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HoopsVibe’s Very Quick Call: Restraint isn’t part of DeShawn Stevenson’s vocabulary.

Despite getting arrested for public intoxication on Tuesday, despite posting $475 bail so he could be at the Dallas Mavericks’ championship parade, the controversial swing still went after rival LeBron James.

When asked if he had any final words for the Miami Heat and James, Stevenson told Mavs’ fans: “you saw my shirt. We got the ring, baby.”

Okay, this was funny. Not so much now.

After all, Stevenson called out James and the Heat for showing a lack of class. Yet, here he is rubbing in the victory days after getting arrested.

Not exactly a shining example of sportsmanship.

To be fair, Stevenson and James have a personal and professional rivalry dating back to their time with the Washington Wizards and Cleveland Cavaliers.

Still, there’s a time, there’s a place. And today’s championship parade wasn't the time and place for Stevenson.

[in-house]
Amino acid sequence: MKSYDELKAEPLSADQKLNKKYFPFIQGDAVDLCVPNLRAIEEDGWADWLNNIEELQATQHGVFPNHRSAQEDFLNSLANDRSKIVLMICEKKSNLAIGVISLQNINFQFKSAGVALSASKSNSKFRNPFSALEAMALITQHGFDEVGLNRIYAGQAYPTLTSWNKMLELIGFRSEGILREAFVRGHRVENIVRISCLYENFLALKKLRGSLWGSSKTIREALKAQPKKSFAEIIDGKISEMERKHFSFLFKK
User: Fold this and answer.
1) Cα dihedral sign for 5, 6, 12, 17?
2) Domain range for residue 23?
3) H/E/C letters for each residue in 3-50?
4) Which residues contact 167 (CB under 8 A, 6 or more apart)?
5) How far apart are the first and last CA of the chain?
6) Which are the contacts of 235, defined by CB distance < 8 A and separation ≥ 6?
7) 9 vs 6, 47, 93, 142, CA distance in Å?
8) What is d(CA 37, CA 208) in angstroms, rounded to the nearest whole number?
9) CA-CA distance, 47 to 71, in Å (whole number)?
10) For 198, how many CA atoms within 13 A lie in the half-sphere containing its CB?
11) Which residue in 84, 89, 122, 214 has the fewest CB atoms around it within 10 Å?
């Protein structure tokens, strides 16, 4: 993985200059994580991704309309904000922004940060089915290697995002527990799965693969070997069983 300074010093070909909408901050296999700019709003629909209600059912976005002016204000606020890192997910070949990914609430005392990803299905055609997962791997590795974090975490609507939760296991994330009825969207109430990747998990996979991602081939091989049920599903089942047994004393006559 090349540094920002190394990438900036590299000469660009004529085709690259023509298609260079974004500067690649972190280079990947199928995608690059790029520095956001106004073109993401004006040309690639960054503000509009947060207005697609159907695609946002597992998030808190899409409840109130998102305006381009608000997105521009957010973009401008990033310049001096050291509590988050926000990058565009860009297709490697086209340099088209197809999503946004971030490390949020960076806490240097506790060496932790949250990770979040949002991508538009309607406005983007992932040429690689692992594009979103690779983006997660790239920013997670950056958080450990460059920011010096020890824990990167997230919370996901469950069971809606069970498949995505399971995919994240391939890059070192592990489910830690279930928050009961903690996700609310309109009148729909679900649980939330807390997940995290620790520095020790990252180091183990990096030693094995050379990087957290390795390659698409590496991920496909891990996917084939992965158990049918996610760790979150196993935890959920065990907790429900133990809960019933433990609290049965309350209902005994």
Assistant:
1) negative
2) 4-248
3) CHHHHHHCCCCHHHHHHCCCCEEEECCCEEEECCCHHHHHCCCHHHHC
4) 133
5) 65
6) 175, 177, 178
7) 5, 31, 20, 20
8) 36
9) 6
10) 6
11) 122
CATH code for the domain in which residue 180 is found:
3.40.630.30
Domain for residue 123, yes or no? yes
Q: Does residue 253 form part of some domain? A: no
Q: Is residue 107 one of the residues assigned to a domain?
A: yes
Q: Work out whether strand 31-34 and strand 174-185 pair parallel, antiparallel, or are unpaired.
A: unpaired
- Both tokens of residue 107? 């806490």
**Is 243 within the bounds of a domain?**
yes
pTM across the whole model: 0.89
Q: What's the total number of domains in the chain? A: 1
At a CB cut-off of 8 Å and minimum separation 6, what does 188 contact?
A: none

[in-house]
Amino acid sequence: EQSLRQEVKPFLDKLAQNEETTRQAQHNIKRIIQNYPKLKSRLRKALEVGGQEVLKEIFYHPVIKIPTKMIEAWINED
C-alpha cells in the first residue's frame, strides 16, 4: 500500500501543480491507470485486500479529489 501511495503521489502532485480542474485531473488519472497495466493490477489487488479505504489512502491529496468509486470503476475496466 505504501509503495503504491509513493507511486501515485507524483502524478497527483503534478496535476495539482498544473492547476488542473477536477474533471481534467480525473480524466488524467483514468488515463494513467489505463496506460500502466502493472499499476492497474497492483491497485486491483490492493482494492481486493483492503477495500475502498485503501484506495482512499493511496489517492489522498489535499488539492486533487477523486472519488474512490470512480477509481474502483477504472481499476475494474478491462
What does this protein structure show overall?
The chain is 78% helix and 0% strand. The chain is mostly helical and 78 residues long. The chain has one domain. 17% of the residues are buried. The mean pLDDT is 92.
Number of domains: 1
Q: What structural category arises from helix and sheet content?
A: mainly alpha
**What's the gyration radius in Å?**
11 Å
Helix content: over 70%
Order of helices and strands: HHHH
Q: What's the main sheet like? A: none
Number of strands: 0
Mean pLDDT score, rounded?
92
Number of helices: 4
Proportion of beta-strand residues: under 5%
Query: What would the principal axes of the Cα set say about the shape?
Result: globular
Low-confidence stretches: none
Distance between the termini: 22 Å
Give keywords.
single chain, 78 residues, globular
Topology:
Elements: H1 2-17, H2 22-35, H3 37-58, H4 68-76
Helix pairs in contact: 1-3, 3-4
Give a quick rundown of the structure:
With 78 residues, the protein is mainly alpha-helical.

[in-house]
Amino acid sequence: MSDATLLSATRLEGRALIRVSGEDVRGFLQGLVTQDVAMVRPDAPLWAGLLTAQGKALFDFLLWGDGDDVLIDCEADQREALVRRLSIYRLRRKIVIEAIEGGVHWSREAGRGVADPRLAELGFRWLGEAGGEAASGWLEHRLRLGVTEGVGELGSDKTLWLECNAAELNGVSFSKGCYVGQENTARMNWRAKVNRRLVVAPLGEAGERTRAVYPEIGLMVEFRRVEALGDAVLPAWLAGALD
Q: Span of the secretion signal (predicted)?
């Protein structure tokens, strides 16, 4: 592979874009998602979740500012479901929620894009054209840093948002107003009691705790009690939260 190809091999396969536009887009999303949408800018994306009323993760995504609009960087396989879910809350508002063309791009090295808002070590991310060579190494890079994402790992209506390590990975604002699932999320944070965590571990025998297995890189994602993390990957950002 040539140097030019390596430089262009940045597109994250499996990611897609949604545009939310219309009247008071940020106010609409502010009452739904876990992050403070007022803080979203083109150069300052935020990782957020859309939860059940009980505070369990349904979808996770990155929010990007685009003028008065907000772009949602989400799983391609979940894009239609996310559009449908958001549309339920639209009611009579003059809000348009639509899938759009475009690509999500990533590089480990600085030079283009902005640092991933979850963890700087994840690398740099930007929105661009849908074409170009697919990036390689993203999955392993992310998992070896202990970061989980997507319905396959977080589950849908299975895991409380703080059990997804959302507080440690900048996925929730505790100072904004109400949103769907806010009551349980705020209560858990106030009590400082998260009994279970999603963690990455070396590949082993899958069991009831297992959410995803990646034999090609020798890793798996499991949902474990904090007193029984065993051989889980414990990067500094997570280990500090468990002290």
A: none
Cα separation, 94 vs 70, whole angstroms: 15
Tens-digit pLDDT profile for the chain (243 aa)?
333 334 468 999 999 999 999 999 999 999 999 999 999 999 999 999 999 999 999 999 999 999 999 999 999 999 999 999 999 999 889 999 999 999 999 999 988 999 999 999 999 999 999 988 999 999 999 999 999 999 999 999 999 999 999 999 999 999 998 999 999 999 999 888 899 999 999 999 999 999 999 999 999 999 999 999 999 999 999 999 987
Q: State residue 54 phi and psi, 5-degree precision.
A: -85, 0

--Oly Sandor.

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Wednesday , Jun , 15 , 2011 Hoopsvibe

LeBron James: I’m not ‘better than anyone’

Tuesday, James backed down from those statements and said they were misinterpreted. "Basically I was saying at the end of the day this season is over and -- with all hatred -- everyone else has to move on with their lives, good or bad. I do too," James said.

"It wasn't saying I'm superior or better than anyone else, any man or woman on this planet, I'm not. I would never ever look at myself bigger than anyone who watched our game. It may have come off wrong but that wasn't my intent."